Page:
DShield Sensor Monitoring with a Docker ELK Stack [Guest Diary]

Published: 2023-08-12
Last Updated: 2023-08-12 17:16:25 UTC
by Guy Bruneau (Version: 1)
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[This is a Guest Diary by Scott Jensen]

Using an ELK (elasticsearch logstash kibana) or Elastic Stack is a great way to get a high-level view of what is being seen with your DShield [1] honeypot.

For those who don’t already have a dedicated ELK stack or are just looking for a way to monitor your honeypot from a separate device (in my case, I didn’t want to put more holes in my internal firewall), follow this step-by-step guide to get up and running quickly.

First of we need to get logs from the honeypot configured to use an ELK beat, if you want a great guide on collecting all the logs see this diary [2] posted on the ISC page.

This is an ELK (Elasticsearch Logstash Kibana) stack that is setup to monitor logs from a DShield honeypot.

It is put together using the Getting started with the Elastic Stack and Docker-Compose [3] project with Linux Ubuntu live server 22.04 and the Install & Configure Filebeat on Raspberry Pi ARM64 to Parse DShield Sensor Logs [2] diary. The only change is to edit the filebeat.yml to send to the IP address of the device you intend to run Dshield-ELK [4] on.

Dshield-ELK assumes the following prior to starting:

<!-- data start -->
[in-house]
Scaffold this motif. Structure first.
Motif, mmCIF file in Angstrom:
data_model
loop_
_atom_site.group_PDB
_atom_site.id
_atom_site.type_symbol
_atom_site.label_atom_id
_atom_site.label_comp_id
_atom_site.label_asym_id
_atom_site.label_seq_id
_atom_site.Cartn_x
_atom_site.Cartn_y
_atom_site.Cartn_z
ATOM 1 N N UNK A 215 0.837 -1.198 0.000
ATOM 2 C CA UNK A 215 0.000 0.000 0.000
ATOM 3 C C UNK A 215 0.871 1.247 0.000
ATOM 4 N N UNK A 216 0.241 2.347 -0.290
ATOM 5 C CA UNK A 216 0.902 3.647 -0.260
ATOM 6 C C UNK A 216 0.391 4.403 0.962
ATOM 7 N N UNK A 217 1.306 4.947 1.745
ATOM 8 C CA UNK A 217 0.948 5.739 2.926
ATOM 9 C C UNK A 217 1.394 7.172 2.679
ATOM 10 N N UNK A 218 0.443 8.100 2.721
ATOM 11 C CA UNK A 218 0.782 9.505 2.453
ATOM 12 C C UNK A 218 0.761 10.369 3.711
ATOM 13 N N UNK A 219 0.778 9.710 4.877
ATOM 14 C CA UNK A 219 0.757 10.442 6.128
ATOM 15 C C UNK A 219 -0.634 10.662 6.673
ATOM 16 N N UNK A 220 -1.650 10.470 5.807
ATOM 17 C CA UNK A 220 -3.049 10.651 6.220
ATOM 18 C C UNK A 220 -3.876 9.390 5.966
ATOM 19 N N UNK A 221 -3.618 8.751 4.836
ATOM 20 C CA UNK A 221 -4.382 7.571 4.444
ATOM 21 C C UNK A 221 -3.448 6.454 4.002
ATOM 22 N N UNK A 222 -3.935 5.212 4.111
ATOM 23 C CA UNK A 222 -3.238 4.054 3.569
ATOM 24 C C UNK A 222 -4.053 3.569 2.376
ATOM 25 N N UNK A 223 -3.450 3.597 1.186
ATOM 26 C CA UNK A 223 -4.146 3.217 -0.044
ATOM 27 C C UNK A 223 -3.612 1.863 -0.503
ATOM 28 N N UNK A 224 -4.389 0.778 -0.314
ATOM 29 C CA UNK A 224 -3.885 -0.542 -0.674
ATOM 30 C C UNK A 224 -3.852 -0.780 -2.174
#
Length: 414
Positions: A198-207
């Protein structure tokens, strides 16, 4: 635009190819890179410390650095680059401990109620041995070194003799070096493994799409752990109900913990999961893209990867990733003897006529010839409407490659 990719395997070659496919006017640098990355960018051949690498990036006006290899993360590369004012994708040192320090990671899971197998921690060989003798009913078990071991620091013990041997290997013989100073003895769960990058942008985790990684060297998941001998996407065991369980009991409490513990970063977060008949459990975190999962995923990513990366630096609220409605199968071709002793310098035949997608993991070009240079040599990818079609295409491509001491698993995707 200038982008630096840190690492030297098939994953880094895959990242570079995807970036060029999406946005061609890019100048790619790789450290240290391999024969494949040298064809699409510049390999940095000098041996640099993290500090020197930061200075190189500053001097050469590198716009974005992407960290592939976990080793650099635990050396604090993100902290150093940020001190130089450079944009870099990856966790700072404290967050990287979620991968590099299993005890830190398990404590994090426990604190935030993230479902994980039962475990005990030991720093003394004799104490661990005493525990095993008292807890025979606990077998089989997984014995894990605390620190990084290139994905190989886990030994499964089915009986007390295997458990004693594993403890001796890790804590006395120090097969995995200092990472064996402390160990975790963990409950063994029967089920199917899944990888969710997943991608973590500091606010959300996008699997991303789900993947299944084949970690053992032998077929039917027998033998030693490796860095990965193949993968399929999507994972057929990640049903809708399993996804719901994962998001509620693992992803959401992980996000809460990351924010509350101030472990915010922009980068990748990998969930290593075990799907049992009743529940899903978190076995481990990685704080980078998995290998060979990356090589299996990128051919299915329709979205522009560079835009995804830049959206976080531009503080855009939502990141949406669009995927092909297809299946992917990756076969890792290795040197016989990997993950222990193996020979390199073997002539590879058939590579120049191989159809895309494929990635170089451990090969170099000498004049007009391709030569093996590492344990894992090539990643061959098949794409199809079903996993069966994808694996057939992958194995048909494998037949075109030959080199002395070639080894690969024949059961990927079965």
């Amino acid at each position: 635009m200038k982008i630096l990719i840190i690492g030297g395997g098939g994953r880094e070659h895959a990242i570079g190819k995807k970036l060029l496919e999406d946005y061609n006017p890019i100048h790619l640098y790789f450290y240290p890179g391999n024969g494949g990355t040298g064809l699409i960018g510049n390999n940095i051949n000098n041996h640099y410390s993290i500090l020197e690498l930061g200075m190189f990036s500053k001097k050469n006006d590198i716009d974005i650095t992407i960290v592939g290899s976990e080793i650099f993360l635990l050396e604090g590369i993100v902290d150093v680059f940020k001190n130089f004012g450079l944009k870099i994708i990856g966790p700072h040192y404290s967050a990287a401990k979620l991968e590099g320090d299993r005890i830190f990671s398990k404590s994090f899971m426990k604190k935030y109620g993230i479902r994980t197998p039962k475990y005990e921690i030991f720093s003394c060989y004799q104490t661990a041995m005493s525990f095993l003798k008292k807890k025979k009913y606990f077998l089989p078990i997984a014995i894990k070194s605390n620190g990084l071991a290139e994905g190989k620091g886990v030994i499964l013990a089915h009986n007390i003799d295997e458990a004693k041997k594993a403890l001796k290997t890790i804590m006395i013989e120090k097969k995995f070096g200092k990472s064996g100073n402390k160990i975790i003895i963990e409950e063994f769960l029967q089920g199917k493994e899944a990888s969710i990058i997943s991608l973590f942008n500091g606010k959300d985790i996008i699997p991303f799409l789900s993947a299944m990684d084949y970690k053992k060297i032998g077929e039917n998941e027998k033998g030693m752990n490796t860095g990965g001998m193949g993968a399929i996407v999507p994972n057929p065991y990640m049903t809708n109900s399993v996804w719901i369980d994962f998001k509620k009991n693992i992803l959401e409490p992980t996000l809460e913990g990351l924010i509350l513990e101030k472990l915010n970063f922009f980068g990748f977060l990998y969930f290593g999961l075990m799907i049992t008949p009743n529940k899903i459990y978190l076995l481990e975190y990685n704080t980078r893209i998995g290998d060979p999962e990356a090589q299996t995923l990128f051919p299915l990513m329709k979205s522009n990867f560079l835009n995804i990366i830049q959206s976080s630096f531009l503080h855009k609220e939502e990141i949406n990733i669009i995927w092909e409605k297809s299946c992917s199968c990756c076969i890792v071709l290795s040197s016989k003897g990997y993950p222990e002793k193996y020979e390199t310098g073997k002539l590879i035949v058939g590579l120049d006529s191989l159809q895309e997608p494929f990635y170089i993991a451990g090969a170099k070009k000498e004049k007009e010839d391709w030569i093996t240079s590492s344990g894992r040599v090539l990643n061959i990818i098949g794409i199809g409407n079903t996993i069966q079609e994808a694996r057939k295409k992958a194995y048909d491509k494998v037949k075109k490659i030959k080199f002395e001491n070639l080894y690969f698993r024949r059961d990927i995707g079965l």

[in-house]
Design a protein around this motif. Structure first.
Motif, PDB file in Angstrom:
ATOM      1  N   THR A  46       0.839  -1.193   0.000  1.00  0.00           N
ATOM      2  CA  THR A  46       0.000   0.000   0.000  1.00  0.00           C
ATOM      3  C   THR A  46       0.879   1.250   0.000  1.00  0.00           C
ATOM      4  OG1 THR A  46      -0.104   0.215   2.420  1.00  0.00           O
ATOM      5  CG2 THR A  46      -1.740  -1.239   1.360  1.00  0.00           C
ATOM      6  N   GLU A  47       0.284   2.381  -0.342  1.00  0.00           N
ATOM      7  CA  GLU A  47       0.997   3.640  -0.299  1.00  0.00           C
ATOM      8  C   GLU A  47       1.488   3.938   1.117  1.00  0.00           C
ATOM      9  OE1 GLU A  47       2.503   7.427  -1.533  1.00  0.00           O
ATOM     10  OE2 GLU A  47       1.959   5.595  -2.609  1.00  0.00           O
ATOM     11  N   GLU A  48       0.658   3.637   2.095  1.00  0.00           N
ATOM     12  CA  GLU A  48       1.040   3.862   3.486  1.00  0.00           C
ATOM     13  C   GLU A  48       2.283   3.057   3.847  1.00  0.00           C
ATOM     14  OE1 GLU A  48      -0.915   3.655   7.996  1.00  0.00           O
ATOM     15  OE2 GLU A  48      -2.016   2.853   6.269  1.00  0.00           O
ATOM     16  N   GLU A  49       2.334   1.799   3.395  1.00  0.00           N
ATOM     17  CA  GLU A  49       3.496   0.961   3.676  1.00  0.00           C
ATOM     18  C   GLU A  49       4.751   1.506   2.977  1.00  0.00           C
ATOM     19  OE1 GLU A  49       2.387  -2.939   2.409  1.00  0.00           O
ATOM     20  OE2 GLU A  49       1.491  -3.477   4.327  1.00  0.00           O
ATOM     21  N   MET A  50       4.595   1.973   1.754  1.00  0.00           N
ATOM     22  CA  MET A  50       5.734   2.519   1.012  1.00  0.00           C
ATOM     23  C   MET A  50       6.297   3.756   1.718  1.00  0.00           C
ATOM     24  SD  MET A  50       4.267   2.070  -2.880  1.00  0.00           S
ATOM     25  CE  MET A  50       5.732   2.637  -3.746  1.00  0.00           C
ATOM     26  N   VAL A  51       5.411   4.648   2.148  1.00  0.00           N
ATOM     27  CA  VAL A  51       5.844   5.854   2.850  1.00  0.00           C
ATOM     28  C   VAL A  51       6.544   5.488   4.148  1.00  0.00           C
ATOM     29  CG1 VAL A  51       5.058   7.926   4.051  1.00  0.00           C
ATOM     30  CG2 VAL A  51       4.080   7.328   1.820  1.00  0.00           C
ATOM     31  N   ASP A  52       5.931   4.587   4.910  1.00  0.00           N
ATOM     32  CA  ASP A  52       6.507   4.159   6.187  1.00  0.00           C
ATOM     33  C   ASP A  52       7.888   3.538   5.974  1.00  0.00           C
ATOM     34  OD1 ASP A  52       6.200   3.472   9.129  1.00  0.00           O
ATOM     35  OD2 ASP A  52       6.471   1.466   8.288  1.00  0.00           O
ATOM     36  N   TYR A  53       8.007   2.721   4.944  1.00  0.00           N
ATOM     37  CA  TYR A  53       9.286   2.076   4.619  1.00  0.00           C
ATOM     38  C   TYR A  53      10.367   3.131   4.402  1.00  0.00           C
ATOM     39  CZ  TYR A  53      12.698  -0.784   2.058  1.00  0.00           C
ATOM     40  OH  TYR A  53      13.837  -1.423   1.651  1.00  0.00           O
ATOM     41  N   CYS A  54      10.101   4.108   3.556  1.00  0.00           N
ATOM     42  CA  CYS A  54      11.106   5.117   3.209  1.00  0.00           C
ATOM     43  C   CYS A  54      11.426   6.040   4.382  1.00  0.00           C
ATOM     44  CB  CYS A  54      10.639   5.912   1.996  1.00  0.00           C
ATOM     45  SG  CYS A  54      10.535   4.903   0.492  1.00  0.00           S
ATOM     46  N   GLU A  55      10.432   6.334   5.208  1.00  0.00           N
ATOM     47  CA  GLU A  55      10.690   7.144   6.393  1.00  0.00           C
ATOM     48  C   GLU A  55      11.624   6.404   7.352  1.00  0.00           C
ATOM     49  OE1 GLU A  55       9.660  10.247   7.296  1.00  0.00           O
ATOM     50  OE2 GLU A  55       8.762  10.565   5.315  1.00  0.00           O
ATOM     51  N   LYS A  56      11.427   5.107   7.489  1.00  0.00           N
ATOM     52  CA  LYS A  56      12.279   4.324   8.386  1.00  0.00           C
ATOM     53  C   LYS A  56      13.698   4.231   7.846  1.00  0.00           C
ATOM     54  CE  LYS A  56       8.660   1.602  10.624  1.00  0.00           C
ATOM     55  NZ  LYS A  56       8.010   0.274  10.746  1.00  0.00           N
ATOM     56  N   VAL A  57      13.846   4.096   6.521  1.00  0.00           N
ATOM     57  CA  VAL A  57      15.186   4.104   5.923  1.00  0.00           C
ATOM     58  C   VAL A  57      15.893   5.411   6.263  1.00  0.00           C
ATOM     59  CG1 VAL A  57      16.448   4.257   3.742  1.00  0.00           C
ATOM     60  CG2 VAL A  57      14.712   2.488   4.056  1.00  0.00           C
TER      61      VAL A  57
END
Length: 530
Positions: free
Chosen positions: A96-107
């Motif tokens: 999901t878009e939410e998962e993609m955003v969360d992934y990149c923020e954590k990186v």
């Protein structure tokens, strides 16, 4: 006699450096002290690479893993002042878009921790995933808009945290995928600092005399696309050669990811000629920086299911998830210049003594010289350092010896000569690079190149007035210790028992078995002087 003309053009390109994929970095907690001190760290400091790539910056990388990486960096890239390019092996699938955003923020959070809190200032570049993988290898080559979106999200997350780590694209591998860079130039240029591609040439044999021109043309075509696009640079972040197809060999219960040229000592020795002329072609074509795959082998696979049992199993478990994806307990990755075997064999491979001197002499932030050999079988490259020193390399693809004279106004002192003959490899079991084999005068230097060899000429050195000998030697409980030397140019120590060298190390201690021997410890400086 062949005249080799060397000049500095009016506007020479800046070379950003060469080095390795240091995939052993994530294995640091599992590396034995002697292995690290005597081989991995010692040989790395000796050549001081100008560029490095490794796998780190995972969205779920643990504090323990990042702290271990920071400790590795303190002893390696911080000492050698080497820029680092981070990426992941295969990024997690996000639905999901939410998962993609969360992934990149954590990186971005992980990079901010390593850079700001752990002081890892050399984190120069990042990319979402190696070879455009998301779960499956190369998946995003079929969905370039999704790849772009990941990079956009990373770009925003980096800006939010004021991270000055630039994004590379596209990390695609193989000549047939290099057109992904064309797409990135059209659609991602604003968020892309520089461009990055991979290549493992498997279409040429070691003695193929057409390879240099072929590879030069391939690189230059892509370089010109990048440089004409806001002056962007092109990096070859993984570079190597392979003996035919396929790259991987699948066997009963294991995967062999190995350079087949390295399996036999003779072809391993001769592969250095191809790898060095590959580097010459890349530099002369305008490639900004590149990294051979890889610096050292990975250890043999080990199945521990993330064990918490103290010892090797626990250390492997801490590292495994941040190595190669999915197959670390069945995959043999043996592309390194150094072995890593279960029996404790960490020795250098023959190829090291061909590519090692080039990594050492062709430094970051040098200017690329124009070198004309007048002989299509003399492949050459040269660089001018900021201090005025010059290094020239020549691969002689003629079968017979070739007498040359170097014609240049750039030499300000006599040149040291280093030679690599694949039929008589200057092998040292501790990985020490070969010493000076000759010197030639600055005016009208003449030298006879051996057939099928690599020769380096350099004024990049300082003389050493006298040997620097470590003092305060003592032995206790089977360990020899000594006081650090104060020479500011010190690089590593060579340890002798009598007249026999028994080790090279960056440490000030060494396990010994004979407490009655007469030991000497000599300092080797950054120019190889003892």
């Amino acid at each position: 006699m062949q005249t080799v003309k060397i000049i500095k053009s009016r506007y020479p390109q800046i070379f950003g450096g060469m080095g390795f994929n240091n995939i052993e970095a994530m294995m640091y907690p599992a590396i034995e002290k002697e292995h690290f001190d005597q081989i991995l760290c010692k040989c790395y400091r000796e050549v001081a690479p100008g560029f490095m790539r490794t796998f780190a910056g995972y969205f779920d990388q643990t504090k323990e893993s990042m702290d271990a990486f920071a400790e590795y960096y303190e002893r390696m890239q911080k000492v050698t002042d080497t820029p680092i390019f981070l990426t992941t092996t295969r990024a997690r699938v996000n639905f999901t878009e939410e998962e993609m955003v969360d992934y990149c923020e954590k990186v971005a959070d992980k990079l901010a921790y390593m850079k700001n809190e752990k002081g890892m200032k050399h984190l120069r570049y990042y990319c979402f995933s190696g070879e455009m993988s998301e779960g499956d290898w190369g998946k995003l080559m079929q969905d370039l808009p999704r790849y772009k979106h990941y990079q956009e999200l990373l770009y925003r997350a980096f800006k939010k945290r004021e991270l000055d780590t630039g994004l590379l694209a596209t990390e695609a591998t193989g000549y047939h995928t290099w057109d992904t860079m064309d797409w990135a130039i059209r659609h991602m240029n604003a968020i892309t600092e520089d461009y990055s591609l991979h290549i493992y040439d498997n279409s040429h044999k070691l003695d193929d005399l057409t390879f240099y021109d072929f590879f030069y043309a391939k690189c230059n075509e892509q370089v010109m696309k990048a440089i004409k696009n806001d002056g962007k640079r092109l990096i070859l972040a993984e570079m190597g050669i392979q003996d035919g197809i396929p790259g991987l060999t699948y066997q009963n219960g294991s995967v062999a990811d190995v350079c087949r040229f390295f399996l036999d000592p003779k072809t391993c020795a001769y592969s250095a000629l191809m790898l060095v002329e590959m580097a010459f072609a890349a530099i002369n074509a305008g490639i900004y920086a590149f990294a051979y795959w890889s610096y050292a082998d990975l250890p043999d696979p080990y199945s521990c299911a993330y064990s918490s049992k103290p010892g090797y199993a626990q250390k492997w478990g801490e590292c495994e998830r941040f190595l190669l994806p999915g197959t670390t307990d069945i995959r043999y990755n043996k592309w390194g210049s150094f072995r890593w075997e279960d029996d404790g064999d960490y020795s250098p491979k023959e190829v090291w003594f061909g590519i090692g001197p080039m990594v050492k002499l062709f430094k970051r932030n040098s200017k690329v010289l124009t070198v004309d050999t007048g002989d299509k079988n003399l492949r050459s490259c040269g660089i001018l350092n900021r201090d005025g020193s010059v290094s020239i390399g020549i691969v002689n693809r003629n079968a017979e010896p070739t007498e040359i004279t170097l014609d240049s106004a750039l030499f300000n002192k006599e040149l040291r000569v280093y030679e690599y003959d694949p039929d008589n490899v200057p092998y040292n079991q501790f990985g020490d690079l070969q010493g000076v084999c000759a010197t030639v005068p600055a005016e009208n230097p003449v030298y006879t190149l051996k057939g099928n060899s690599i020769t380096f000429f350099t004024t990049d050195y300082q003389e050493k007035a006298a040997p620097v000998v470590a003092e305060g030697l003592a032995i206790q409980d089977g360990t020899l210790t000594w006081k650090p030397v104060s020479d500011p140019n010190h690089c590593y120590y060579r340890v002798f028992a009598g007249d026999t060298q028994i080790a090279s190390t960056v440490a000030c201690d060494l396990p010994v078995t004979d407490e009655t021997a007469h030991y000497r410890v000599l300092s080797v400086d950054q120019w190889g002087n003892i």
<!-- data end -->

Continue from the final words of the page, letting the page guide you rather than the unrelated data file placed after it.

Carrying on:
• A running DShield Honeypot [1]
  • Docker (tested on Ubuntu 20.04 LTS running Docker version 24.0.5, but this should work on any platform)
  • Confirm the DShield sensor can reach the logstash port TCP 5044. This port will not be reachable until docker compose has been setup.


1. Setup filebeat per Install & Configure Filebeat on Raspberry Pi ARM64 to Parse DShield Sensor Logs [2] up to the Setup Logstash Collection & Parsing.
2. Install docker as follow: [3]

  • $ sudo apt-get install ca-certificates curl gnupg
  • $ sudo install -m 0755 -d /etc/apt/keyrings
  • $ curl -fsSL https://download.docker.com/linux/ubuntu/gpg | sudo gpg --dearmor -o /etc/apt/keyrings/docker.gpg
  • $ sudo chmod a+r /etc/apt/keyrings/docker.gpg
  • $ echo "deb [arch="$(dpkg --print-architecture)" signed-by=/etc/apt/keyrings/docker.gpg] https://download.docker.com/linux/ubuntu "$(. /etc/os-release && echo "$VERSION_CODENAME")" stable" | sudo tee /etc/apt/sources.list.d/docker.list > /dev/null
  • $ sudo apt-get install -y docker-ce docker-ce-cli containerd.io docker-buildx-plugin docker-compose-plugin

3. Clone Dshield-ELK[4] to the /home user directory.

  • $ sudo apt-get install git
  • $ git clone https://github.com/fkadriver/Dshield-ELK.git

4. Change to the DShield-ELK directory.

  • $ cd ~/DShield-ELK

5. Change any environment variables in .env (hidden file). Any editor can be used (i.e. vi, vim, nano), but recommend using nano if you are not familiar with another editor

  • $ nano .env (note the '.' at the front of .env)

Recommend changing at least:

  • ELASTIC_PASSWORD is the password that is used for administrative access to both Elastic and Kibana
  • KIBANA_PASSWORD is only used as the internal password for Kibana to communicate to Elastic


  • STACK_VERSION is the version of elastic used in this stack. The build has been tested with 8.8.2 but any version should work